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Open Access Publications from the University of California

Patterns of unexpected in-hospital deaths: a root cause analysis

  • Author(s): Lynn, Lawrence A;
  • Curry, J Paul
  • et al.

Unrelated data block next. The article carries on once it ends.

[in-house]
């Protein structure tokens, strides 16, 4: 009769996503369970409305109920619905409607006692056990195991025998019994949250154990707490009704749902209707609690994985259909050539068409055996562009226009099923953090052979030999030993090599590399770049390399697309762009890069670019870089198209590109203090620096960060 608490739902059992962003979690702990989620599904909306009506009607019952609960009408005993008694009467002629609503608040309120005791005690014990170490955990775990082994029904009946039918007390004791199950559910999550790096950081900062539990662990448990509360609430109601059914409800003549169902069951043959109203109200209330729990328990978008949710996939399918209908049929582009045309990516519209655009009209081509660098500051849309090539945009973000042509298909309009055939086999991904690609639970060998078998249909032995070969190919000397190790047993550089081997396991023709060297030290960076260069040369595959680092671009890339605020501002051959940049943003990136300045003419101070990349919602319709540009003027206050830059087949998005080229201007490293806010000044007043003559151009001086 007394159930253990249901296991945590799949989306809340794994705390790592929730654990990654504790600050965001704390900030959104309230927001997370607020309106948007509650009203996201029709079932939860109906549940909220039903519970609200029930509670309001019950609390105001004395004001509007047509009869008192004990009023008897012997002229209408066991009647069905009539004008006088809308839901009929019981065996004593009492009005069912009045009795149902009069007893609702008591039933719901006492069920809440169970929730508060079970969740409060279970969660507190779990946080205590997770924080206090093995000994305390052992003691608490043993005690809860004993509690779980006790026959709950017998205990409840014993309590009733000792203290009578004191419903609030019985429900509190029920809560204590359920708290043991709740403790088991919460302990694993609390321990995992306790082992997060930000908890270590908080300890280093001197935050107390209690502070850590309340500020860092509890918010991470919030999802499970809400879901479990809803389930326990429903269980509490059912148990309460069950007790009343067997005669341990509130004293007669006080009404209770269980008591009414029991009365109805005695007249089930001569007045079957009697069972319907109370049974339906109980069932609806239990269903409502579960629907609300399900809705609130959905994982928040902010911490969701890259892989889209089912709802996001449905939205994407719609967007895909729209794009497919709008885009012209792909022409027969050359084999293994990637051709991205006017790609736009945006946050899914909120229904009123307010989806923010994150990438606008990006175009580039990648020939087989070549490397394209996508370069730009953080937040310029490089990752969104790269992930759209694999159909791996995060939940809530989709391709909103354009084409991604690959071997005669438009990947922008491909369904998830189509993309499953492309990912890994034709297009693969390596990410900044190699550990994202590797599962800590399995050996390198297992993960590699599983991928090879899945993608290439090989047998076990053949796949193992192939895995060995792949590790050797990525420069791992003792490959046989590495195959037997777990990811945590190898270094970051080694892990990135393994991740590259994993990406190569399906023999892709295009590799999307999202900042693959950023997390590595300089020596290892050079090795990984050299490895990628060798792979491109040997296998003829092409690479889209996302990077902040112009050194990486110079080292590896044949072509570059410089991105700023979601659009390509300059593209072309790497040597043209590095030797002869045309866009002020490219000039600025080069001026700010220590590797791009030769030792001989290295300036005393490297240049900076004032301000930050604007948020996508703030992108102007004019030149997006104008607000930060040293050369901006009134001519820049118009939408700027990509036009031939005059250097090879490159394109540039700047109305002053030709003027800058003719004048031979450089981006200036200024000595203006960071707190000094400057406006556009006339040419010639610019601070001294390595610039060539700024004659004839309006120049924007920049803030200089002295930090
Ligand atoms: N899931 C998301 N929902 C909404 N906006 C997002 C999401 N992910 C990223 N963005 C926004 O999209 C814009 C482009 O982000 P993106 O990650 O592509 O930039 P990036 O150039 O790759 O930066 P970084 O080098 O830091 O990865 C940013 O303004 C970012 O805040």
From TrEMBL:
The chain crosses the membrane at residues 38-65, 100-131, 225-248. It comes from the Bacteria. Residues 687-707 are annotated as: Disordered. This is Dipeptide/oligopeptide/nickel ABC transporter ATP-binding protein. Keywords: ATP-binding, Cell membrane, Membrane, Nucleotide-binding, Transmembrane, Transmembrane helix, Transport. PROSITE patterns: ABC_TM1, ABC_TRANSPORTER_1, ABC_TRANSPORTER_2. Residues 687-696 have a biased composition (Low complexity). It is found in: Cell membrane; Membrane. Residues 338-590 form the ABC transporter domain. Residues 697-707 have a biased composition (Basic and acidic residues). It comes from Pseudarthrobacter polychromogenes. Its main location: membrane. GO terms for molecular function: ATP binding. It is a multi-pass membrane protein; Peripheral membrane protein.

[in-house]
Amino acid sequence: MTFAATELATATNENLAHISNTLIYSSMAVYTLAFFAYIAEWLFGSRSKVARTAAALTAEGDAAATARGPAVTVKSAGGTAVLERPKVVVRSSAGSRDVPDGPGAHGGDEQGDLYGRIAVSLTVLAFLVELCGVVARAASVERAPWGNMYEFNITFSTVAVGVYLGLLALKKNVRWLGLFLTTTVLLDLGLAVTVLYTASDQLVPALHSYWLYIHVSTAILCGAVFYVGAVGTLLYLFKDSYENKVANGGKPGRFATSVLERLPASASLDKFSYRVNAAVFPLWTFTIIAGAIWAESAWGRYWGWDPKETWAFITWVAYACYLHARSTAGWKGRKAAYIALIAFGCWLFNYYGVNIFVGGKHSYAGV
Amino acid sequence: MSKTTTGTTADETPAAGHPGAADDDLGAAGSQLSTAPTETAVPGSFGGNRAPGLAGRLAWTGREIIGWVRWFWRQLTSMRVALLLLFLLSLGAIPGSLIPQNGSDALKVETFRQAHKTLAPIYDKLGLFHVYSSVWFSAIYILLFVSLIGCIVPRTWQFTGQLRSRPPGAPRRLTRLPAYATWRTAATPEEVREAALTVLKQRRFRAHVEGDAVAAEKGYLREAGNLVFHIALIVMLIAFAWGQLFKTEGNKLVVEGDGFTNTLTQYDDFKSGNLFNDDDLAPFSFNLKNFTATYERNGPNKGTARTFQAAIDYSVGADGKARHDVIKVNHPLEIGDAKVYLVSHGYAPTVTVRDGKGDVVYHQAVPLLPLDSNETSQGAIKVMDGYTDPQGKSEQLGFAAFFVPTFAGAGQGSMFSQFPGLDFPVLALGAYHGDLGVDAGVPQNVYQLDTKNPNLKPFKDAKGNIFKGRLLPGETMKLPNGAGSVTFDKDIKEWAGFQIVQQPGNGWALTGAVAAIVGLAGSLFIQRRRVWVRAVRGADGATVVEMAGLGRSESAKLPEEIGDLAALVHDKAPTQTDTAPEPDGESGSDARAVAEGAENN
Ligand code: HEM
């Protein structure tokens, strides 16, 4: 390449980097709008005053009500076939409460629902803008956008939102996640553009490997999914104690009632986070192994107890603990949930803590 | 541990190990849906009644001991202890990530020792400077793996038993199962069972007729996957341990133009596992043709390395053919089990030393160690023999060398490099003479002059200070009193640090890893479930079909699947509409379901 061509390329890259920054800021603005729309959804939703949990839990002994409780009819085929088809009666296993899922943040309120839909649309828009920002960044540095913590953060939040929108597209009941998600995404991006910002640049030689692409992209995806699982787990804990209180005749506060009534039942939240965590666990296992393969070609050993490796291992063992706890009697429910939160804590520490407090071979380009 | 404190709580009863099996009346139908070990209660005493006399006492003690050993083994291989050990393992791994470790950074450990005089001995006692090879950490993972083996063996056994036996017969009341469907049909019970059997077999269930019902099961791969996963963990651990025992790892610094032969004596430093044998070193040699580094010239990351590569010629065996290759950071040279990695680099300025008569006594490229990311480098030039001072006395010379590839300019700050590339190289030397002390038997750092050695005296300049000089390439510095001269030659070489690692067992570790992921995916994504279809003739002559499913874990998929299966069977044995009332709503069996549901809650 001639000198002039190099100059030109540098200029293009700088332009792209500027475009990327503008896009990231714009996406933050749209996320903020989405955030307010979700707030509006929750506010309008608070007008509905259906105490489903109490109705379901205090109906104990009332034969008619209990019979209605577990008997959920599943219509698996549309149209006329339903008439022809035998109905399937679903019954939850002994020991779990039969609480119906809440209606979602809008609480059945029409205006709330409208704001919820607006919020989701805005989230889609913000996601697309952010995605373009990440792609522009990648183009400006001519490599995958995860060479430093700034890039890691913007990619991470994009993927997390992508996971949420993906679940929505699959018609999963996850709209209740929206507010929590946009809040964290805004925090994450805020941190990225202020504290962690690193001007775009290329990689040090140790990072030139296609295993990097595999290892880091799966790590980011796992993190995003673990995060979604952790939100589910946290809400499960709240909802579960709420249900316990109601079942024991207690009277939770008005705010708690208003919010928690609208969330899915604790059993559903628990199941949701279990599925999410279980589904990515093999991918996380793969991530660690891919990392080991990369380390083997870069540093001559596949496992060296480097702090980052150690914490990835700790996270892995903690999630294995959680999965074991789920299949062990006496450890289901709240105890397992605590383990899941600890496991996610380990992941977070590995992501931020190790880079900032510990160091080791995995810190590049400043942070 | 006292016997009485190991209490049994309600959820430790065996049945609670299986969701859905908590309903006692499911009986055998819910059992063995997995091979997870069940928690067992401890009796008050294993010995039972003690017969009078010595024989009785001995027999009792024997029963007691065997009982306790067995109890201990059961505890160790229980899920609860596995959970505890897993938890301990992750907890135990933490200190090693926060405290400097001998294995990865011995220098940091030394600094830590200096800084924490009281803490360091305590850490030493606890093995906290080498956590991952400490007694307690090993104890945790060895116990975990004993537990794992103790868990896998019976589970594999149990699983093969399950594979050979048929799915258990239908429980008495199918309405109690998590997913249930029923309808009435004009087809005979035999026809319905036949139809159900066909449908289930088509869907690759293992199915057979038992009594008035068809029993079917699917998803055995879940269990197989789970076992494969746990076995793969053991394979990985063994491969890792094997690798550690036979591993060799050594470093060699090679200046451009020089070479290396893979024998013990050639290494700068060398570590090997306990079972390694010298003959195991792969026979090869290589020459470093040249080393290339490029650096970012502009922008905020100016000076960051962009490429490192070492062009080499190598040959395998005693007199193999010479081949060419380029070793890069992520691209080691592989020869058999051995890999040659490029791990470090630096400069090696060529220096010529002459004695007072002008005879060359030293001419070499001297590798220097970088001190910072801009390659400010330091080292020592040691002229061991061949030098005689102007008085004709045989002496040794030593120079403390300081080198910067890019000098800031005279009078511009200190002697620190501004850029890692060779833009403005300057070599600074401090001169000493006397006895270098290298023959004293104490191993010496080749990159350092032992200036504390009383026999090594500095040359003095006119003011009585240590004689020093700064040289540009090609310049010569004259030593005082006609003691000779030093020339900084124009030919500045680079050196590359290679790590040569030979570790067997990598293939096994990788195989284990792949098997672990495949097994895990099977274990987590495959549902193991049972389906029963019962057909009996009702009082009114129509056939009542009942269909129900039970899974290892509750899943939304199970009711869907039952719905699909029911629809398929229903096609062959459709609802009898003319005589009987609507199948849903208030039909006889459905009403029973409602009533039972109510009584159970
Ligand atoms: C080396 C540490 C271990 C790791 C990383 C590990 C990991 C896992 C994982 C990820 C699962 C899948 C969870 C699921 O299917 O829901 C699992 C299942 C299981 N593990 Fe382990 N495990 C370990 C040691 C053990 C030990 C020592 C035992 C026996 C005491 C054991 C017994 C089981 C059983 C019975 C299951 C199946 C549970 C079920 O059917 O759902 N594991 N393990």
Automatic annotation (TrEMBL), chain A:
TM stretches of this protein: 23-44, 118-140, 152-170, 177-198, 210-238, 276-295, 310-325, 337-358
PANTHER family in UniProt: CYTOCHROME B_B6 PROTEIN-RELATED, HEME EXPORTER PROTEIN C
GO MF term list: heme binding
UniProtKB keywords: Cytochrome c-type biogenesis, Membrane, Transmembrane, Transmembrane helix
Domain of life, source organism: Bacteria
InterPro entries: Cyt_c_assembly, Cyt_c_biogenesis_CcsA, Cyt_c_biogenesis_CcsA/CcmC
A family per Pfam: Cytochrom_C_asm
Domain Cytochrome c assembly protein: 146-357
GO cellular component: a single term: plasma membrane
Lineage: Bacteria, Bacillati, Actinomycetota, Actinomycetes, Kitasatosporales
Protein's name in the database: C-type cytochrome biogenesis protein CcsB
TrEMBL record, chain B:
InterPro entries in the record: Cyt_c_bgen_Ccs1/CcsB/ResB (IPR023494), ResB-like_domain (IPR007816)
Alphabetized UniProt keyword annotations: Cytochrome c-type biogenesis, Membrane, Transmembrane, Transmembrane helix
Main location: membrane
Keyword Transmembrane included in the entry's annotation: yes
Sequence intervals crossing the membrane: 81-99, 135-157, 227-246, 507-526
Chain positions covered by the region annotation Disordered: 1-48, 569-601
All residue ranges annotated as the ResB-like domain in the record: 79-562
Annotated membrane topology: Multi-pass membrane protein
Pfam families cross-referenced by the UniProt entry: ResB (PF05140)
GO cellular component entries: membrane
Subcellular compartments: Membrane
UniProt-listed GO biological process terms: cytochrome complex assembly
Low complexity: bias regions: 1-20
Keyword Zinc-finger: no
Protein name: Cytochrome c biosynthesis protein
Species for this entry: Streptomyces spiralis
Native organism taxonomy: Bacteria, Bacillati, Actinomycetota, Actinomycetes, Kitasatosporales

Abstract Background Respiratory alarm monitoring and rapid response team alerts on hospital general floors are based on detection of simple numeric threshold breaches. Although some uncontrolled observation trials in select patient populations have been encouraging, randomized controlled trials suggest that this simplistic approach may not reduce the unexpected death rate in this complex environment. The purpose of this review is to examine the history and scientific basis for threshold alarms and to compare thresholds with the actual pathophysiologic patterns of evolving death which must be timely detected. Methods The Pubmed database was searched for articles relating to methods for triggering rapid response teams and respiratory alarms and these were contrasted with the fundamental timed pathophysiologic patterns of death which evolve due to sepsis, congestive heart failure, pulmonary embolism, hypoventilation, narcotic overdose, and sleep apnea. Results In contrast to the simplicity of the numeric threshold breach method of generating alerts, the actual patterns of evolving death are complex and do not share common features until near death. On hospital general floors, unexpected clinical instability leading to death often progresses along three distinct patterns which can be designated as Types I, II and III. Type I is a pattern comprised of hyperventilation compensated respiratory failure typical of congestive heart failure and sepsis. Here, early hyperventilation and respiratory alkalosis can conceal the onset of instability. Type II is the pattern of classic CO2 narcosis. Type III occurs only during sleep and is a pattern of ventilation and SPO2 cycling caused by instability of ventilation and/or upper airway control followed by precipitous and fatal oxygen desaturation if arousal failure is induced by narcotics and/or sedation. Conclusion The traditional threshold breach method of detecting instability on hospital wards was not scientifically derived; explaining the failure of threshold based monitoring and rapid response team activation in randomized trials. Furthermore, the thresholds themselves are arbitrary and capricious. There are three common fundamental pathophysiologic patterns of unexpected hospital death. These patterns are too complex for early detection by any unifying numeric threshold. New methods and technologies which detect and identify the actual patterns of evolving death should be investigated.

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